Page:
Thursday, November 21, 2013

Shelf Life [kids]

Weird Sea Creatures by Erich Hoyt, 63 pages.
Fearsome hatchet fish … fangtooth fish… blackdevil anglerfish … vampire squid … carnivorous comb jellies… yeti crabs … viperfish and many more!  Readers will meet fifty of the strangest, most extraordinary creatures that live beneath the surface of the world’s oceans in Erich Hoyt’s beautifully-photographed book.
Some of these animals are quite scary-looking; some are large and others are quite tiny - but to describe all of them as “strange” or “weird” isn’t an exaggeration. These creatures appear odd to us because we’ve never (or rarely) seen them. Many are newly discovered – only two manned voyages have ever been made to the Mariana Trench (located in the deepest part of the earth’s oceans, it is the habitat of many of these sea creatures) - and some haven’t even been given a scientific name yet.
Some of the creatures really do seem to exist on the fringes of imagination. Consider the loosejaw dragonfish, which sports a semi-detachable lower mandible….or the mantis shrimp, which ambushes prey by delivering a lethal blow equivalent in force to a 22-calibre bullet … or the acorn worm, which has no brain, eyes or known sense organs!
Hoyt’s photographs of these creatures are stunning and are certain to stir the imagination. Each close-up colour plate clearly reveals details as fangs, tentacles, eyes and even colour-emitting cells. An informative caption accompanies each photo.
A Canadian scientist specializing in marine animals and marine conservation, author Erich Hoyt has many other books to his credit.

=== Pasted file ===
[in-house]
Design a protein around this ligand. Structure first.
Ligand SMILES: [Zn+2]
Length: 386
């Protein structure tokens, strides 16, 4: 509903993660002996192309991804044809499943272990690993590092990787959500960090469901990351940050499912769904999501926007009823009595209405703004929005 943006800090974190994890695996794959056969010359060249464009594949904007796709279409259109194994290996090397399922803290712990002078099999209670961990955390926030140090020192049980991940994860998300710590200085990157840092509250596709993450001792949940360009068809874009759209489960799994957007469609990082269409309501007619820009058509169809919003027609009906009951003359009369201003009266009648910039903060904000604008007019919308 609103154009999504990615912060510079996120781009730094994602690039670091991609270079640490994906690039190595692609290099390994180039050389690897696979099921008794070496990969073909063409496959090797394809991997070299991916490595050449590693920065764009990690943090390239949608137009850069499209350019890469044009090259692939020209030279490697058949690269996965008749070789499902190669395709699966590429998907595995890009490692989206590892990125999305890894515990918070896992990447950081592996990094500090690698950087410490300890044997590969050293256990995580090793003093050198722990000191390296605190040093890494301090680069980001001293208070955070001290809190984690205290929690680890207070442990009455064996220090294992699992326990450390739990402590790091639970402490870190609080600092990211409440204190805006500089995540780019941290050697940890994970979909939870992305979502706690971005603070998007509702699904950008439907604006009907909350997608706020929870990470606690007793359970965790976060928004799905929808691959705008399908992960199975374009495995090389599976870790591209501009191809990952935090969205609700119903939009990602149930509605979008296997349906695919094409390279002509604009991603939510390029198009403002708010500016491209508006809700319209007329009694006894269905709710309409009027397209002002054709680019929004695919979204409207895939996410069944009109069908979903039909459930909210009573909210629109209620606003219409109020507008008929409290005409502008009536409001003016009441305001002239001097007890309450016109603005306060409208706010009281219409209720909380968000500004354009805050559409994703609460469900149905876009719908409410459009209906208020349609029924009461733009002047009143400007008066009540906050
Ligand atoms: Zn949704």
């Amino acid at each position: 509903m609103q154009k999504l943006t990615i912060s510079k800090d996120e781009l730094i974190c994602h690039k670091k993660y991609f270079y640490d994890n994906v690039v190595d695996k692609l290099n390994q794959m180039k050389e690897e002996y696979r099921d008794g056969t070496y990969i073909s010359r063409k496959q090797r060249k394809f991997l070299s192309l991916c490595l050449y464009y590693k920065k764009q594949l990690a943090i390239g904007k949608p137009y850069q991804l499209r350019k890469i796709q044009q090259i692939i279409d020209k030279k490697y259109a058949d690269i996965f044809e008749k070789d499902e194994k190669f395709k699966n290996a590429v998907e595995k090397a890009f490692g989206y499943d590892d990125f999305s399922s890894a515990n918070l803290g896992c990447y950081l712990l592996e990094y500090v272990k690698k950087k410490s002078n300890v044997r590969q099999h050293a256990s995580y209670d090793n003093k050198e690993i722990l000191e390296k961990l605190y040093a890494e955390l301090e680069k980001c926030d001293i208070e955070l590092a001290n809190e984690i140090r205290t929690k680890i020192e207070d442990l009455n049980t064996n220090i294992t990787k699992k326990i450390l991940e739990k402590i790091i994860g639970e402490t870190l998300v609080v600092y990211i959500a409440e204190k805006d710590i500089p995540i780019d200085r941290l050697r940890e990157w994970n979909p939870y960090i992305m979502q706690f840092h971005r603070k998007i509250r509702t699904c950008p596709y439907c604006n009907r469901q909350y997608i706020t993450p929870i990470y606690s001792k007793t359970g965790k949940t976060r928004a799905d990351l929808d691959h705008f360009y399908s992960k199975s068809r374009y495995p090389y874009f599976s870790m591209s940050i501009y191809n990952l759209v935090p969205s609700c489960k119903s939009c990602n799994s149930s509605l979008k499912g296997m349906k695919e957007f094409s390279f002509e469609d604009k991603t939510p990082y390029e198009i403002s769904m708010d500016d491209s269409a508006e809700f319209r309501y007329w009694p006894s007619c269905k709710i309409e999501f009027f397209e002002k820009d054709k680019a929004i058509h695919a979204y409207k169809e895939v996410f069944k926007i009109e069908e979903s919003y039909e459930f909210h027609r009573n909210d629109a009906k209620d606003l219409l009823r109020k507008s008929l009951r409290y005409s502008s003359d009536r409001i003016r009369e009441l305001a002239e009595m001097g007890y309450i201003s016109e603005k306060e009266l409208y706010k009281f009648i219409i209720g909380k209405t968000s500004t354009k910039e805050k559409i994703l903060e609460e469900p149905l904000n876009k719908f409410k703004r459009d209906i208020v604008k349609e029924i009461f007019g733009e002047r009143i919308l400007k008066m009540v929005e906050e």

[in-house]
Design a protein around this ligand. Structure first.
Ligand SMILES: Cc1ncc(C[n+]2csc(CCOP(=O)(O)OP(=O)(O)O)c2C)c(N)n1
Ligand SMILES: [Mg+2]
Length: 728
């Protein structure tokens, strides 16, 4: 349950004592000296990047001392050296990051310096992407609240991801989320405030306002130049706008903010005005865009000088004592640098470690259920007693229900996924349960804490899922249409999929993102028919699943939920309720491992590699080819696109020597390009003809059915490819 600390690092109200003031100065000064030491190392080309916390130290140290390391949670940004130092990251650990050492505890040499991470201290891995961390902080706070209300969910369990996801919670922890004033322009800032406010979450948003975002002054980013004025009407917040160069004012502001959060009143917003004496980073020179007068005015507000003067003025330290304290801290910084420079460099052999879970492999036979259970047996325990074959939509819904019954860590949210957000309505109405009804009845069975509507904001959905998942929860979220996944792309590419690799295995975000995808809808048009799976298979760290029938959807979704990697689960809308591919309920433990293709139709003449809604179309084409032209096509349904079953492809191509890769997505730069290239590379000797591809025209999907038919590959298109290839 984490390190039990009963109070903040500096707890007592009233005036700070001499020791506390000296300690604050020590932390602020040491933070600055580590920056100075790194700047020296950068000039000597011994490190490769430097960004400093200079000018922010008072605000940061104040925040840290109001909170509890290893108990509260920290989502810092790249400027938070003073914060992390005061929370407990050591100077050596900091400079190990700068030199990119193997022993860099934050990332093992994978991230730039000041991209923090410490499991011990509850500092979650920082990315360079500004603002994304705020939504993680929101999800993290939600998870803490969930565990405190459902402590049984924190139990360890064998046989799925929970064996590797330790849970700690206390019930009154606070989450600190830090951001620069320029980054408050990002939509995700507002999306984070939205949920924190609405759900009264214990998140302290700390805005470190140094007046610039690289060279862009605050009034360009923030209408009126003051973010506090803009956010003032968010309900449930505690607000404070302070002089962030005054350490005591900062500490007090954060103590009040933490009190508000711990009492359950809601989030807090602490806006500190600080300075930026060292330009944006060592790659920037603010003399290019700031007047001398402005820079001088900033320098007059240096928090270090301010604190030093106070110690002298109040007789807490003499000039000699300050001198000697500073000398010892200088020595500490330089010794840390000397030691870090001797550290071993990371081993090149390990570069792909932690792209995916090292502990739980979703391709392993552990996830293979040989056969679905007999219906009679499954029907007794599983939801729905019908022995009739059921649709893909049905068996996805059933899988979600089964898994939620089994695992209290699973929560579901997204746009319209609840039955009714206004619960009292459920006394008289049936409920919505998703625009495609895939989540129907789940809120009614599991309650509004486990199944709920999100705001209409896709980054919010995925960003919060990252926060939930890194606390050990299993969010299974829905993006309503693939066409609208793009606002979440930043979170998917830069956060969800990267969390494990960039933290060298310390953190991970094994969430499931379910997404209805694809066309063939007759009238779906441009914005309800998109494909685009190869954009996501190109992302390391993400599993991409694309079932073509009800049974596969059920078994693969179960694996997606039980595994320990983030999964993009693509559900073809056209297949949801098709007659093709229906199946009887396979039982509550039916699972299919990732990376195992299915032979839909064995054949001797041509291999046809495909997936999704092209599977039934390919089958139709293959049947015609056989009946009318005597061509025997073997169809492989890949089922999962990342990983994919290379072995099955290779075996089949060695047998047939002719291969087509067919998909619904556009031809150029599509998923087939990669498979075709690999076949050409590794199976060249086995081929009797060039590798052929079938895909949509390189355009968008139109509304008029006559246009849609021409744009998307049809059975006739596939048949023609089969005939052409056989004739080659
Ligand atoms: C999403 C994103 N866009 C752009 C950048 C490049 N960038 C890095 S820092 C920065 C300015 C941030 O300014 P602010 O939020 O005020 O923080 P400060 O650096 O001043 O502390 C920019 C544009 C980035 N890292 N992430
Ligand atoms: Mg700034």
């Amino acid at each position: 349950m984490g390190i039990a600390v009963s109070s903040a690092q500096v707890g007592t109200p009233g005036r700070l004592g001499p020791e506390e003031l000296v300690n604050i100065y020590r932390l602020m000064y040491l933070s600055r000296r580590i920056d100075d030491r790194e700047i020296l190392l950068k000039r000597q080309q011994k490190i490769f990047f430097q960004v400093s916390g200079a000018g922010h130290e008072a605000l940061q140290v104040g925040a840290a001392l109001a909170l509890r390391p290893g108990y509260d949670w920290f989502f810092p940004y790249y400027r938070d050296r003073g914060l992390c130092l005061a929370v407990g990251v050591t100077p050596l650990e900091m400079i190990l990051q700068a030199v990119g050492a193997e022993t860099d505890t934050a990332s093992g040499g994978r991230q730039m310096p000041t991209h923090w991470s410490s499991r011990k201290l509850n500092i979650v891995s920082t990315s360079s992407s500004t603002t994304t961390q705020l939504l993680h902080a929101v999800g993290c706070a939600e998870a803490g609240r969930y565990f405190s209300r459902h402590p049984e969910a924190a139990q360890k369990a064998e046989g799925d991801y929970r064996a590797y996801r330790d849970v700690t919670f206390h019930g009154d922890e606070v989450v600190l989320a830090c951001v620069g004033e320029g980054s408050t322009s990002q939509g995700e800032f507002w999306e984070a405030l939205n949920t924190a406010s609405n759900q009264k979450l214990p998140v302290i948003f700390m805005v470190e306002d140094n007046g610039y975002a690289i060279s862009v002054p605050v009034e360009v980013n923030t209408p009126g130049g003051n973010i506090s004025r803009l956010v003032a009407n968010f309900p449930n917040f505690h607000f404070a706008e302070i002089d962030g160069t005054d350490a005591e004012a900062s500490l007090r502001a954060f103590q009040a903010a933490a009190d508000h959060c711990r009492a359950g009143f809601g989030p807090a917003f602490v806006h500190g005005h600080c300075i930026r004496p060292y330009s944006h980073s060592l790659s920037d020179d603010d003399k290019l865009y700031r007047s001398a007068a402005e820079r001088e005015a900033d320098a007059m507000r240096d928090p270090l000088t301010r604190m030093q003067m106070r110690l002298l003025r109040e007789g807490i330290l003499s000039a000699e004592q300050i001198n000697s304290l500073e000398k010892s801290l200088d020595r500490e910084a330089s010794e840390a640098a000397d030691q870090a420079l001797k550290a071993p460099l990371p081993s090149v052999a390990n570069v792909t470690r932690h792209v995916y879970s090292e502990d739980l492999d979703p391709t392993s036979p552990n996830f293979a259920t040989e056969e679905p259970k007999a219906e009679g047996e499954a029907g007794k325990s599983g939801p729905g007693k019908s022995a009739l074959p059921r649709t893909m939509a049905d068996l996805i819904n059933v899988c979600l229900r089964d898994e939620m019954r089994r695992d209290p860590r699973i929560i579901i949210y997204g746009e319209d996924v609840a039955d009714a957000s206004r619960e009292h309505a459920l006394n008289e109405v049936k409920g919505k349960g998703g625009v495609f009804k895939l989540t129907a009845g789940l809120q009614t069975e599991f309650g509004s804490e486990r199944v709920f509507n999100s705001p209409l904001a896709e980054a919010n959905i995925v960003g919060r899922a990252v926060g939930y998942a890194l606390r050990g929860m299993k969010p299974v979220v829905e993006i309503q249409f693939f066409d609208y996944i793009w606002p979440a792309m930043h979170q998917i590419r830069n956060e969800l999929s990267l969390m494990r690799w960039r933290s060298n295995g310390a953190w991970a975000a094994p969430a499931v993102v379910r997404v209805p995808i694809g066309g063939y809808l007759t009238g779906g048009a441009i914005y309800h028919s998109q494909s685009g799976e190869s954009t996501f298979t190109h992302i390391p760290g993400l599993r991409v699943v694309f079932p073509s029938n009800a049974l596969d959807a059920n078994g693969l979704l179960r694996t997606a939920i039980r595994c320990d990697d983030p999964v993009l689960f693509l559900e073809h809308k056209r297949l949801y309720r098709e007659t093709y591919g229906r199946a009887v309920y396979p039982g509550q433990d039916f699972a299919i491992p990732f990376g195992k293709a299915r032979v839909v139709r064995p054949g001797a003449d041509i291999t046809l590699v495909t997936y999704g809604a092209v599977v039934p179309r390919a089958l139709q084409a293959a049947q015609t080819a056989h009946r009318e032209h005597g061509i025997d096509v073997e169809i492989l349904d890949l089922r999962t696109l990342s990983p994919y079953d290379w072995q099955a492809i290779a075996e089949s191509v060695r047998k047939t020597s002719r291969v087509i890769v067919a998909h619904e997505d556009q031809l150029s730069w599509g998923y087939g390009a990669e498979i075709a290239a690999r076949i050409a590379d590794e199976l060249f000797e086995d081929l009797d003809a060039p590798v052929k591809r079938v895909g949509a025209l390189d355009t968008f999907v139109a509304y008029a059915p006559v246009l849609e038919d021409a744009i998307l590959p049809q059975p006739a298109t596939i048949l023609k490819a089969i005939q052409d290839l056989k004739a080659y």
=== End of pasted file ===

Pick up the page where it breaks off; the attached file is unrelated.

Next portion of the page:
** Recommended for ages 9 years and up.

City Critters: Wildlife in the Urban Jungle by Nicholas Read, 134 pages.
Far from the oceans’ depths, the wild animals featured in Nicholas Read’s City Critters live right in our own cities and towns, and even in our backyards.
Why do some animals choose to live in urban areas? Where exactly do they live, and how do they manage to survive?
While some creatures such as raccoons and squirrels are attracted to the abundant sources of food in cities, the sad truth is that many animals and birds don’t “choose” to live among people. They have little choice because wilderness habitats around the world are quickly disappearing with urban sprawl and deforestation. 
Some animals - chipmunks, squirrels, skunks and raccoons, among others – have proven to be remarkably adaptable to urban life, living in parks, golf courses and backyards. Rivers and harbors also shelter a surprising diversity of creatures, including otters, waterfowl, fish, turtles and even large sea creatures such as seals and dolphins.
Nicholas Read’s well-researched, informative book addresses the causes of and solutions to conflicts between people and city-dwelling wildlife. Complete with interesting anecdotes of human-animal encounters and captivating photography, City Critters reminds us that we share our world with many other creatures – and that urban areas can play an important role in preserving biodiversity.   

** Recommended for ages 10 years and up.

This review appeared in The Stratford Gazette on November 21, 2013. Written by Sally Hengeveld, Librarian.

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